into one of three classes (Streptococcus,Staphylococcus,
or Enteric bacteria, such as E coli). The most common
classes of antibiotics for which consumption was mea-
sured included B-lactams, macrolides, sulphonamides,
and quinolones although more than a quarter of the
studies did not specify which antibiotics had been
The studies in our sample were usually conducted in
either Europe or the US. More studies took place in
northern Europe than in southern Europe although both
regions were well represented. Almost 80% of the studies
used one of three study designs: cross-sectional, eco-
logical, or case–control.
Predicting study outcome
We used the binomial test to examine whether there
were more studies that produced a positive outcome in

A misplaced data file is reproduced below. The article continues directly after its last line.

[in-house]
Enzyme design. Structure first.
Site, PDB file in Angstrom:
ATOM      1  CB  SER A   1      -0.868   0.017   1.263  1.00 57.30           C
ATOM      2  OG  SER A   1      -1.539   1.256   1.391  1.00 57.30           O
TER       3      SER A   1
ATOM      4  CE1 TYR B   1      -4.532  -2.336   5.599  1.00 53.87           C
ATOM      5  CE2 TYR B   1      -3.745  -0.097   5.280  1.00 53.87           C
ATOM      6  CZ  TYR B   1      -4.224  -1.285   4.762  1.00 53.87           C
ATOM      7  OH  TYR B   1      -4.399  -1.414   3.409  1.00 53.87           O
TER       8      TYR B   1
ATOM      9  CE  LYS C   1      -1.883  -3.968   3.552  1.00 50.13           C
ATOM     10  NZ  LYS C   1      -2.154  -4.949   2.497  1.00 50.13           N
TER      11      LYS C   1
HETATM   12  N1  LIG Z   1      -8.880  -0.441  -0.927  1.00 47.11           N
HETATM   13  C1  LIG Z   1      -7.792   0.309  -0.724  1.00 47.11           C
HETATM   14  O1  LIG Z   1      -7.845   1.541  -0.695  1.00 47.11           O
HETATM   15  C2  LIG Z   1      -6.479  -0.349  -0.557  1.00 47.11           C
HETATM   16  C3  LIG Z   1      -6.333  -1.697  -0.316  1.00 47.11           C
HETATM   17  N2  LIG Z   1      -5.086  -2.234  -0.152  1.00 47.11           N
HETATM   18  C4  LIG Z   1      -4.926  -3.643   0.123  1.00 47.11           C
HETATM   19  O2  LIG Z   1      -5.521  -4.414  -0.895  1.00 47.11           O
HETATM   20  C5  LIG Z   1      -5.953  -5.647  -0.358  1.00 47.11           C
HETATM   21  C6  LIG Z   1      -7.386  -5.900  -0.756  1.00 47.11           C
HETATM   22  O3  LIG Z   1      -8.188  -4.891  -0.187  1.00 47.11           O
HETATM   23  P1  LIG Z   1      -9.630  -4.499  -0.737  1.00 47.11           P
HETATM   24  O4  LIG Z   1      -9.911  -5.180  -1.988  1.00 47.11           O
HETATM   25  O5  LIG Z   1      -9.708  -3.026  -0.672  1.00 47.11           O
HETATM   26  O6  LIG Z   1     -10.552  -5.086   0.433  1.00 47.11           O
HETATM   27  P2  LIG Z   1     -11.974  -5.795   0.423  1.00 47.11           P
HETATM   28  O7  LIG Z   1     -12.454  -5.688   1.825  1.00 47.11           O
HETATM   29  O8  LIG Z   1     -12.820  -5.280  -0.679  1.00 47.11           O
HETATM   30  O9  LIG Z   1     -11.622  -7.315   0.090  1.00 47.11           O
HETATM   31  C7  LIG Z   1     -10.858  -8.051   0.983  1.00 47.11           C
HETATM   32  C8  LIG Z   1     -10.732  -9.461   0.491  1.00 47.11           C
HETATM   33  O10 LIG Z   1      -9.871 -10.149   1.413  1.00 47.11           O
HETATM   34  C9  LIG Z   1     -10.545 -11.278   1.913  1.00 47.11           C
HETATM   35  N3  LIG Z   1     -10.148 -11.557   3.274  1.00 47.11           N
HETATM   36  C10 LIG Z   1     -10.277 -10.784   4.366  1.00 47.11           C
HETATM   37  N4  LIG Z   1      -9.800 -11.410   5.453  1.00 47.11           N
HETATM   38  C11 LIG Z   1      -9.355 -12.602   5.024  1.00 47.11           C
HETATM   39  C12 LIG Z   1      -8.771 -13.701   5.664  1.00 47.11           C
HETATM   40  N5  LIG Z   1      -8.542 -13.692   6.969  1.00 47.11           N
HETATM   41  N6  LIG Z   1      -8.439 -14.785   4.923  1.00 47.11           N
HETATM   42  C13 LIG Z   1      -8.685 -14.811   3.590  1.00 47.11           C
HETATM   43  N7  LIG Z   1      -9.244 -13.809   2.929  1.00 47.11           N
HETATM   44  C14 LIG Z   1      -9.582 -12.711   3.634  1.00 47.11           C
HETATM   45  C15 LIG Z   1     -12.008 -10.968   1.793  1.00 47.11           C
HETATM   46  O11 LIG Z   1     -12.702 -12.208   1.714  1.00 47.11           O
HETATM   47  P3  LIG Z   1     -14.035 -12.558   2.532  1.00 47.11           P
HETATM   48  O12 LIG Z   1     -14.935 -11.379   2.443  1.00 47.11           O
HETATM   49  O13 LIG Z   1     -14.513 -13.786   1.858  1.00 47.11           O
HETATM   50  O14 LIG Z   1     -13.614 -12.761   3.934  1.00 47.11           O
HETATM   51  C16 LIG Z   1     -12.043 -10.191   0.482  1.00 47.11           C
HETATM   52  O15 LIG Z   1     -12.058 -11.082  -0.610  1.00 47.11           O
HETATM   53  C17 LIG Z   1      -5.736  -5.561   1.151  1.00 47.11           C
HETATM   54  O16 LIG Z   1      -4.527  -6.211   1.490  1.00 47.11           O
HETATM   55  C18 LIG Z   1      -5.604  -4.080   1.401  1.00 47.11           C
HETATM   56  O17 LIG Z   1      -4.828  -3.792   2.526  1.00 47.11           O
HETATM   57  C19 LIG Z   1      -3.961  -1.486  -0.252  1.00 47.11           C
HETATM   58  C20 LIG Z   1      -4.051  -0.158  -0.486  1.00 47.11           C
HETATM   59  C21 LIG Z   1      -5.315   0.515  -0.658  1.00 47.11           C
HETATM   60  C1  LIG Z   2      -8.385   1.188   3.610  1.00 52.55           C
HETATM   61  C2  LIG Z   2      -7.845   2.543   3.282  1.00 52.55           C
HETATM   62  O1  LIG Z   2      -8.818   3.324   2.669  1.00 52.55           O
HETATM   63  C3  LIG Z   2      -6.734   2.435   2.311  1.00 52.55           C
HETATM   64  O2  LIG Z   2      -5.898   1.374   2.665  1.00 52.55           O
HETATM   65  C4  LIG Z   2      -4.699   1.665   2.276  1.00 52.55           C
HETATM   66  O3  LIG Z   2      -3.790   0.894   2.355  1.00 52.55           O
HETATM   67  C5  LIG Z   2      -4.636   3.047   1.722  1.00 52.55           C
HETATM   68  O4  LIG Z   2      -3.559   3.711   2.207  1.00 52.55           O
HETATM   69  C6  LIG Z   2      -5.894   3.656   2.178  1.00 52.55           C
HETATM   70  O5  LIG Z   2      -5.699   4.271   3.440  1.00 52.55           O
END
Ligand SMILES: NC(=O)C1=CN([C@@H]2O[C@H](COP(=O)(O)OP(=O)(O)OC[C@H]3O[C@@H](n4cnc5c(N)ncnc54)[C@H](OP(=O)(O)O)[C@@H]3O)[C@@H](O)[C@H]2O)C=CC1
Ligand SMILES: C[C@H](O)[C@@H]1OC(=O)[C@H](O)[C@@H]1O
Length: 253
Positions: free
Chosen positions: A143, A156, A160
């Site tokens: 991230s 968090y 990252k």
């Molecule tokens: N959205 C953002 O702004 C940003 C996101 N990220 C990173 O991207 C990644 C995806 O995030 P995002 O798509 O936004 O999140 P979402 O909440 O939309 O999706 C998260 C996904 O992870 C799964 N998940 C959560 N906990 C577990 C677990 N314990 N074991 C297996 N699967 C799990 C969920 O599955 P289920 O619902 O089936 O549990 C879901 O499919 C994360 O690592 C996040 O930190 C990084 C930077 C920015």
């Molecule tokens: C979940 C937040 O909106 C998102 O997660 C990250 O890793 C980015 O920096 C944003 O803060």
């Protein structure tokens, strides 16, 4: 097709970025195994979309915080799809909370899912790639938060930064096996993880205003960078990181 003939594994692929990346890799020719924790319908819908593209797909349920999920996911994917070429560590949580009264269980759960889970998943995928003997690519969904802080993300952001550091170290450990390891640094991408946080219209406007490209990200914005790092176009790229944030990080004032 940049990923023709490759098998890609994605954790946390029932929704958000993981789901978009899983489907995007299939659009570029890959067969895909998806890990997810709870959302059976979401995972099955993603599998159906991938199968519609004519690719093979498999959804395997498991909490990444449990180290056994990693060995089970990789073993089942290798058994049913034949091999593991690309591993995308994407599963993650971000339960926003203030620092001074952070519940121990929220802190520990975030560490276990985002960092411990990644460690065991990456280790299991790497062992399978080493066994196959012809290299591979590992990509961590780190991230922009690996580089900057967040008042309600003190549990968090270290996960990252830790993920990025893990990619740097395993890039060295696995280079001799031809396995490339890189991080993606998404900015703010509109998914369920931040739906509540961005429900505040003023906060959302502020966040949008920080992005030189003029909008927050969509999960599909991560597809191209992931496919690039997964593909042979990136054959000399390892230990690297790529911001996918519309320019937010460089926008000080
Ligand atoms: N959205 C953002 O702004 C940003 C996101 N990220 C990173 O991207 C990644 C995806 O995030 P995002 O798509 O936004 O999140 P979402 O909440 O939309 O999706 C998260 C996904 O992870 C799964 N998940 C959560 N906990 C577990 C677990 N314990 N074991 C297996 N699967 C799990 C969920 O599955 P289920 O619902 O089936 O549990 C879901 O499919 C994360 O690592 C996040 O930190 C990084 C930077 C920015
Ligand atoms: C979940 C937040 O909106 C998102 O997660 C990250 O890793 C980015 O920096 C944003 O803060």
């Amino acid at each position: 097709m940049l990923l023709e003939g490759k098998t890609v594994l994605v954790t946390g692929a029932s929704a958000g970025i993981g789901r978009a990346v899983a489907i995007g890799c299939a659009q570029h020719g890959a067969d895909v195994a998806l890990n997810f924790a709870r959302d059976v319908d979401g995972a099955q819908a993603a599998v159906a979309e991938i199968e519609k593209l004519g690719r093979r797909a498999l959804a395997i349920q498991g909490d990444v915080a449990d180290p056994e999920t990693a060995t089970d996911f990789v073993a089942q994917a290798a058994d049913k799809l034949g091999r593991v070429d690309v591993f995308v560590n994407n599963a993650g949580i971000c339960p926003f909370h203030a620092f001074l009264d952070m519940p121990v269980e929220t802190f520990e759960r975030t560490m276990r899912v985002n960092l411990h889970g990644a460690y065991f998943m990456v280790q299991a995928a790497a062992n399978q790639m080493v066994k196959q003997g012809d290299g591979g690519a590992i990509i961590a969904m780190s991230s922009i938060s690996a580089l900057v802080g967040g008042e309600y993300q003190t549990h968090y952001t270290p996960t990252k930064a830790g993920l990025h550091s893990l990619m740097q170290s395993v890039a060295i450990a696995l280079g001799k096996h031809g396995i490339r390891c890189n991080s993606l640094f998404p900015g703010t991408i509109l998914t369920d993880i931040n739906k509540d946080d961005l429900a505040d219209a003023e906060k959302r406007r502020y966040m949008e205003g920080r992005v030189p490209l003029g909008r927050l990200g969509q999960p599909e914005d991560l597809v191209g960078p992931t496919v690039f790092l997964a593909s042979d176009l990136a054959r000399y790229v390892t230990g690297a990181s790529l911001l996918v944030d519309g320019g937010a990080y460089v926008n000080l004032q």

which either increased consumption was associated with
increased resistance or decreased consumption associ-
ated with decreased resistance. The binomial test re-
vealed that the probability of a positive outcome was
significantly greater than the probability of an outcome
that was not positive (p < .001).
We next examined the correlations between the pre-
dictor variables listed in Table 1 and our dichotomous
outcome measure. Each of the categorical variables listed
in Table 1 was turned into a set of dichotomous vari-
ables for this purpose. For example, the adult/child vari-
able was recoded into three dichotomous variables, one
Figure 1 How studies were selected.
Bell et al. BMC Infectious Diseases 2014, 14:13 Page 5 of 25
representing children, another representing adults, and a
third representing both children and adults.
Three positive correlations were found: studies that
included both adults and children were more likely to
find a positive association between antibiotic consump-
tion and resistance (r = 0.17, p < .01) as were studies that
examined tetracycline-resistant Spneumonia(r = 0.14,